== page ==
The primary policy driver for Goyder Institute’s Northern Corridor research program is the Northern Economic Plan, the South Australian Government’s blueprint for a prosperous northern Adelaide, focused on creating jobs and empowering local communities. The plan includes two major initiatives for agribusiness: The Northern Adelaide Plains Agribusiness Initiative and The Northern Adelaide Food Park.
The Northern Adelaide Plains Agribusiness Initiative includes the development of three key projects to expand the region’s agriculture, food and beverage sectors:
The Northern Adelaide Food Park will establish a dedicated precinct to enable food and beverage processors, manufacturers and other service related providers to co-locate, and access common infrastructure and services on one site. It will encourage sharing of information on processes, products and markets, particularly for export purposes.
With a range of new water sources – predominantly recycled wastewater – being considered for the expansion of horticulture in the Northern Corridor, the Institute’s important water research comes into play.
The recently-commenced Goyder Institute project Sustainable Expansion of Irrigated Agriculture and Horticulture in Northern Adelaide Plains aims to discover how water resources available to the Northern Corridor region can be best used to optimise the development of industries in a sustainable way.
“Reusing wastewater is a great initiative, but there can potentially be problems associated with the long-term use of recycled water if not managed properly,” the project’s leader Professor Jim Cox of PIRSA-SARDI said.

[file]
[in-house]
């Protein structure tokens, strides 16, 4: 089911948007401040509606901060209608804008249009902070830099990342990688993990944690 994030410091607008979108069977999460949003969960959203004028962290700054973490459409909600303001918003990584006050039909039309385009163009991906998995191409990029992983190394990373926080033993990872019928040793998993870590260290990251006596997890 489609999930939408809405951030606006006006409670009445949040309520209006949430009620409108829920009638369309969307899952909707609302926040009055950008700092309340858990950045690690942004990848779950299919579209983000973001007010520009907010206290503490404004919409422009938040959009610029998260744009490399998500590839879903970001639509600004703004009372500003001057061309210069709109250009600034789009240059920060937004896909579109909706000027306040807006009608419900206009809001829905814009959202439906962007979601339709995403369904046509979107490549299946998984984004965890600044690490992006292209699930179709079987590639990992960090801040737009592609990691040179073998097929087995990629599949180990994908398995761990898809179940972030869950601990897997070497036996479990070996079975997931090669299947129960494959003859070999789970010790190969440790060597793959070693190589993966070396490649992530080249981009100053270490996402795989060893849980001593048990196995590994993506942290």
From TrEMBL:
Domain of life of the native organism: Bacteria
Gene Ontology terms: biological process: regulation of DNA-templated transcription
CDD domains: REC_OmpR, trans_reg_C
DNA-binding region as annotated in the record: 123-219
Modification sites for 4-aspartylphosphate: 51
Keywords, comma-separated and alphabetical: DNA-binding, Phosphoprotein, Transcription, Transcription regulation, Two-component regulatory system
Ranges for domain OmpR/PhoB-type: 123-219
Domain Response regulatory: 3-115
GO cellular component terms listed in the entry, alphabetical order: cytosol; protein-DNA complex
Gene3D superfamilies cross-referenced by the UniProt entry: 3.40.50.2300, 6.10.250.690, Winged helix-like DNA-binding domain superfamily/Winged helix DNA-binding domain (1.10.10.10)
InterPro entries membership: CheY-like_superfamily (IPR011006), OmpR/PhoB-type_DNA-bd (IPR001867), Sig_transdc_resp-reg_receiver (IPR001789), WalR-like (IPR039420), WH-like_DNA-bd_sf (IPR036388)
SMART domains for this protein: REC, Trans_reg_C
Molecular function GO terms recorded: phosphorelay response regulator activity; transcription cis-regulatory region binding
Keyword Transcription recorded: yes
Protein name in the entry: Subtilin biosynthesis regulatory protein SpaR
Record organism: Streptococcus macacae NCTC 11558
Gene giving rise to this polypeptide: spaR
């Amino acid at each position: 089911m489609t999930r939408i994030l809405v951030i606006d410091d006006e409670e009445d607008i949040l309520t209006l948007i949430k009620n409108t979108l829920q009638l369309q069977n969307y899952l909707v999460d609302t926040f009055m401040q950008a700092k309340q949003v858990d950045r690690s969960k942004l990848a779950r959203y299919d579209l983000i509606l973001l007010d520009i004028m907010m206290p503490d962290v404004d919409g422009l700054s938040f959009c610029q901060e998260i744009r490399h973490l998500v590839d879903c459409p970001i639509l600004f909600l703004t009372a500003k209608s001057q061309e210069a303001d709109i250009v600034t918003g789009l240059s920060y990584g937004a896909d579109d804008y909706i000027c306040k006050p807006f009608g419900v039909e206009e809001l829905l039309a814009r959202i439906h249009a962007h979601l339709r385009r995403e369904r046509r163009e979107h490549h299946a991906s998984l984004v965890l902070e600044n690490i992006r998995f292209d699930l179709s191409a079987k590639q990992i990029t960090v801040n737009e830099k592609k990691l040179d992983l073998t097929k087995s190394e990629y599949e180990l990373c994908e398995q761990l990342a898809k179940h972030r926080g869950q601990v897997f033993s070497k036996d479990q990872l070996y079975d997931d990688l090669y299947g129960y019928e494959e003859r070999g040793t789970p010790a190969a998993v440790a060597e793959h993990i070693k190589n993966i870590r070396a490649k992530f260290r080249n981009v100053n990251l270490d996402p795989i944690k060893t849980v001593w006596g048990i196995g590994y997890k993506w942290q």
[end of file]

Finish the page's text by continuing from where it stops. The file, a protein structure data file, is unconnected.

“This research will identify any water quality constraints associated with all the water sources being considered.
“Soil and groundwater information collected from the region will be analysed and then used in computer simulation models to assess the impacts of continued application of irrigation water. The modelling will also consider potential problems associated with climate change by studying a range of scenarios.”
Jim said the research aims to identify any regions and/or water sources that may cause problems associated with salinity, sodicity or other soil and crop related issues following the continued irrigation.
“The modelling will identify the longevity of various irrigation practices in different areas using different water sources to enable early intervention to ensure the development is sustainable,” he said. “We greatly appreciate the co-operation of local growers in the area for access to soil and water samples on their properties and advice about irrigation practices and crop selection.”
Click here to read more about the project.